Triathalon, Inner Wave, Atlantis
Wednesday, March 7, 9 p.m.
$10-12 via ticketfly.com
A NEWCOMER to the officially-New-York-minted band Triathalon may be surprised to learn that the band started as a surf-pop band while its members were going to art school in the South. Since its inception, the band has reeled in its hooky, splashy pop, holding tight to reverb swells and growing sinewy guitar riffs around Adam Intrator’s New Millennium-era R&B-influenced verses and choruses.
Their latest LP, Online, possesses the slight off-kilter, emotional tremolo of their 2016 EP ‘Cold Shower,’ but Triathalon has grown in complexity, employing additional instrumentation and surprising turns in arrangement. Through Online’s 13 tracks, the band expertly captures the emotional complexity of a generation that practiced flirting in AIM chat boxes and aged into a swipe-based courtship practice. The guard drops somwhere between Hunter Jayne’s guitar meanderings and the deep groove of the rhythm, blurring lines between analog and digital, emotional hesitance and earnest invitations.
The band that grew at Savannah house shows is currently selling out their upcoming tour, which includes a homecoming show at The Jinx. We spoke with Hunter Jayne about the band’s relocation, the creation of Online, and the early days.
Your sound has evolved since everyone made their way to NYC. How has your music making been impacted by the change in environment?
We are all very happy to be in the same place again. The city is very stimulating and offers new experiences every day. The grind can get you down sometimes, but it’s worth it. I think our sound has been heading in this direction since our last LP, but I think lately we are really finding ourselves in it.
What was the production process like for Online? There are so many enriching textures and movements.
We recorded Online at the last house Chad and I lived in before we moved in May of 2017. It was a different process than our previous albums. Everything was dissected and done section by section rather than long live takes. We started making records this way when we made our last EP, 'Cold Shower.' We like to experiment as much as we can and not to be afraid to dig in on an idea that might not work in the end. In many ways, the songs are born in the recording process rather than in a live setting. In rehearsal after making the record, we were playing most of these songs together for the first time.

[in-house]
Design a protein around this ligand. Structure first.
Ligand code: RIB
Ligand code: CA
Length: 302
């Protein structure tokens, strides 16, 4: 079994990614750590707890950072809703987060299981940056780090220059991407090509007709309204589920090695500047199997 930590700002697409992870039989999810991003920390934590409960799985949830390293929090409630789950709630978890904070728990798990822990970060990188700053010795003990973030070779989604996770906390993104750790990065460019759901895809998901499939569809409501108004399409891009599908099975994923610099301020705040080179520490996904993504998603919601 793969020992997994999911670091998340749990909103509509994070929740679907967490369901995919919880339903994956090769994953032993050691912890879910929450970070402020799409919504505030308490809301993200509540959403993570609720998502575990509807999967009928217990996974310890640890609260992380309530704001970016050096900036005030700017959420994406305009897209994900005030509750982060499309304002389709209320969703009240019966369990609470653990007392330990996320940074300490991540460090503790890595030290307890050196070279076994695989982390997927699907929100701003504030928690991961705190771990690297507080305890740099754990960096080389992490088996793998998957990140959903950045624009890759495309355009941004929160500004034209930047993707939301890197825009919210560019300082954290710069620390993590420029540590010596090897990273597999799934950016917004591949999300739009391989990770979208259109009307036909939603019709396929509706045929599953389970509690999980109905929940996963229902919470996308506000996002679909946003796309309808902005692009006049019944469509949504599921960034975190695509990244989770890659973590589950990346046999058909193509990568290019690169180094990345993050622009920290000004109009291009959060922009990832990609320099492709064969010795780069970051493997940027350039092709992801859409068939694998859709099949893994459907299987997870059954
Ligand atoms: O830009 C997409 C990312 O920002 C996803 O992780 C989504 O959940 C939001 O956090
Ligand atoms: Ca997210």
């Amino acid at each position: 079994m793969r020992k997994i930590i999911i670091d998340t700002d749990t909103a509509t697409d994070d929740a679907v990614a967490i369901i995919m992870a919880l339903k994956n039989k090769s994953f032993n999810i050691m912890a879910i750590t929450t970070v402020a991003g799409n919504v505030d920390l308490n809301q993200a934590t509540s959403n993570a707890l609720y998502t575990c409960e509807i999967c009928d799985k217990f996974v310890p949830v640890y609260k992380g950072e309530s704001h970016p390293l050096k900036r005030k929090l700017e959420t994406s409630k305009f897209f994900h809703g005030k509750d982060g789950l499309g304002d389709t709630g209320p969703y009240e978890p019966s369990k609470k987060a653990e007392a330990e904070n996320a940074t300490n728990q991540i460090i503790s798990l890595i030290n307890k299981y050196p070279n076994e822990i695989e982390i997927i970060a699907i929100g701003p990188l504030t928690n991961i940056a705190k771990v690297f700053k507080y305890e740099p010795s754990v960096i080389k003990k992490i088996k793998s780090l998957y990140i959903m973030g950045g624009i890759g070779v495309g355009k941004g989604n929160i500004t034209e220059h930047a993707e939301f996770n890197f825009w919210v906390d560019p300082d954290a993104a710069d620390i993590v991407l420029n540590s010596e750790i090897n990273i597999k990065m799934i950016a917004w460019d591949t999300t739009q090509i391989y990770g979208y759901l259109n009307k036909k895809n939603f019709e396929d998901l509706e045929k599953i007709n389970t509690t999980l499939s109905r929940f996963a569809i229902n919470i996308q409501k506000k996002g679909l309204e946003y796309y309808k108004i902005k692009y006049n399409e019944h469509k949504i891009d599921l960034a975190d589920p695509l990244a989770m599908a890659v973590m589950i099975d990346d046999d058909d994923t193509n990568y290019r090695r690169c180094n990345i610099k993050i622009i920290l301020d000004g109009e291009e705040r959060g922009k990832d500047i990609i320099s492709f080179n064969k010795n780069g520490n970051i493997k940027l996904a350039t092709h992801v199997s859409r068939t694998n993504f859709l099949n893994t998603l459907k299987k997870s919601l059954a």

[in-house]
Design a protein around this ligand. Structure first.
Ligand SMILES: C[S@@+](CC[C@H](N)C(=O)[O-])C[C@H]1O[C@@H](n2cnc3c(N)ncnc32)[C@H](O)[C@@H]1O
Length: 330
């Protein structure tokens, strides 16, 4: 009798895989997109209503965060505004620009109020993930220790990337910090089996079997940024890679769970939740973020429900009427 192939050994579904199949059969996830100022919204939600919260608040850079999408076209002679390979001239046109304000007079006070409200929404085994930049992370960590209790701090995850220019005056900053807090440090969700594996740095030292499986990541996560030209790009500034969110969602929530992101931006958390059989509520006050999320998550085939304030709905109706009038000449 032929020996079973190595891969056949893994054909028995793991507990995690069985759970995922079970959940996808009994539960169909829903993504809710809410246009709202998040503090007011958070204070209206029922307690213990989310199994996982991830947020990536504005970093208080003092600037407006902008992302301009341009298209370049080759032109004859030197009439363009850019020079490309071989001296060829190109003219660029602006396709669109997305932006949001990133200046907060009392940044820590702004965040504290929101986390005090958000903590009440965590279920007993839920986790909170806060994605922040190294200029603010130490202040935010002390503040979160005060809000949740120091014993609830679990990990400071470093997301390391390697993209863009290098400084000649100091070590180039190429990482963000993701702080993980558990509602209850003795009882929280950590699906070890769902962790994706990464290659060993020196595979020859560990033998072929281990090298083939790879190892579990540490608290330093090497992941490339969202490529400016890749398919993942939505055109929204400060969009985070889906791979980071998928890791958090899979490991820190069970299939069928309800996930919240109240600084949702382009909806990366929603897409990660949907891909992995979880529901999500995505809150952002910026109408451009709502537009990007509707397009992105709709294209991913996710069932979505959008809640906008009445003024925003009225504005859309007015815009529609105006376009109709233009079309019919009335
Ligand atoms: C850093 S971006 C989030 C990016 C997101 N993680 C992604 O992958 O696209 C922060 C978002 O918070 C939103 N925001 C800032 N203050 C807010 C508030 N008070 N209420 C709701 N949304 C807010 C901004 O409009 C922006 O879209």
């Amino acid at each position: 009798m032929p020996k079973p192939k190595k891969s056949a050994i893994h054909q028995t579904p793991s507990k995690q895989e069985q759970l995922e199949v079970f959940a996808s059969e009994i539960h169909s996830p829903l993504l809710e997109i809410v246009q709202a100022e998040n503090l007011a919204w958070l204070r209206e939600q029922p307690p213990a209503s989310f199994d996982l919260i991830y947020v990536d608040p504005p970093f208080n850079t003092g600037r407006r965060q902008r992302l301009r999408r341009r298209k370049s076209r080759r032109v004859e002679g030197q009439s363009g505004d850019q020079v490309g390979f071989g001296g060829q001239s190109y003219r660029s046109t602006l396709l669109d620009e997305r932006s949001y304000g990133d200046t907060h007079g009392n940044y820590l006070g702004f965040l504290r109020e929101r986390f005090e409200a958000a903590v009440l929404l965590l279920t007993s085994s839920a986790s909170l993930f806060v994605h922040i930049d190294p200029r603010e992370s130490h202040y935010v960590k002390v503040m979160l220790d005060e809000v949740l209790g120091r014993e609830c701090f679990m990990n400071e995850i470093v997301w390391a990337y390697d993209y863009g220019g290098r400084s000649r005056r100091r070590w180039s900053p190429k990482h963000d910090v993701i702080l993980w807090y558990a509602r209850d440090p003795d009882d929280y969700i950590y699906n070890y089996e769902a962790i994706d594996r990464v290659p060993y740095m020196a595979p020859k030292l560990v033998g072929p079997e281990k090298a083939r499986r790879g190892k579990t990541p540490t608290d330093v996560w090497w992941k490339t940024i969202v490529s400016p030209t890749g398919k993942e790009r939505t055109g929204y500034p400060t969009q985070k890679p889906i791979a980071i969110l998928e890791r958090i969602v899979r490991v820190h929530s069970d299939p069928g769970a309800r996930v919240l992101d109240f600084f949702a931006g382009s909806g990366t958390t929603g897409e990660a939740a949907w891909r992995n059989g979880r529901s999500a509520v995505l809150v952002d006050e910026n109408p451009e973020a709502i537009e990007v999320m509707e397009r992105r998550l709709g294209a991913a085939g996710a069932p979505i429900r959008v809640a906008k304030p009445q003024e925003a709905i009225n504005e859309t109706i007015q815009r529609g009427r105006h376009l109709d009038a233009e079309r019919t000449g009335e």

Can you talk a little about the visuals that accompany the album?
We kind of circled back to collage art again. Chad really likes doing collages and for a while that was a big part of our visual style. The concept for the artwork started with shooting pictures of desserts with Kelia Anne and continued with a drawing Clayton Walsh did for us. Everything kind of evolved out of those two moments.
Are members currently working on projects/music outside Triathalon?
Lately we've been focusing everything on the band and getting ready for this tour. I have a record I'd like to put out this year under the name of Taze Daze but I have no idea when that will happen. Mostly the stuff Adam and I have been writing lately are contributions to Triathalon.
So much has changed since the band formed, for y'all and Savannah/its music scene. Do you remember the band's first Savannah show?
Triathalon's first Savannah show was at The Wormhole. I remember because I wasn't in the band yet. I remember Michael Younker, who was playing bass at the time, wore a cape. I also remember turning to my friend and telling her that I was going to join the band.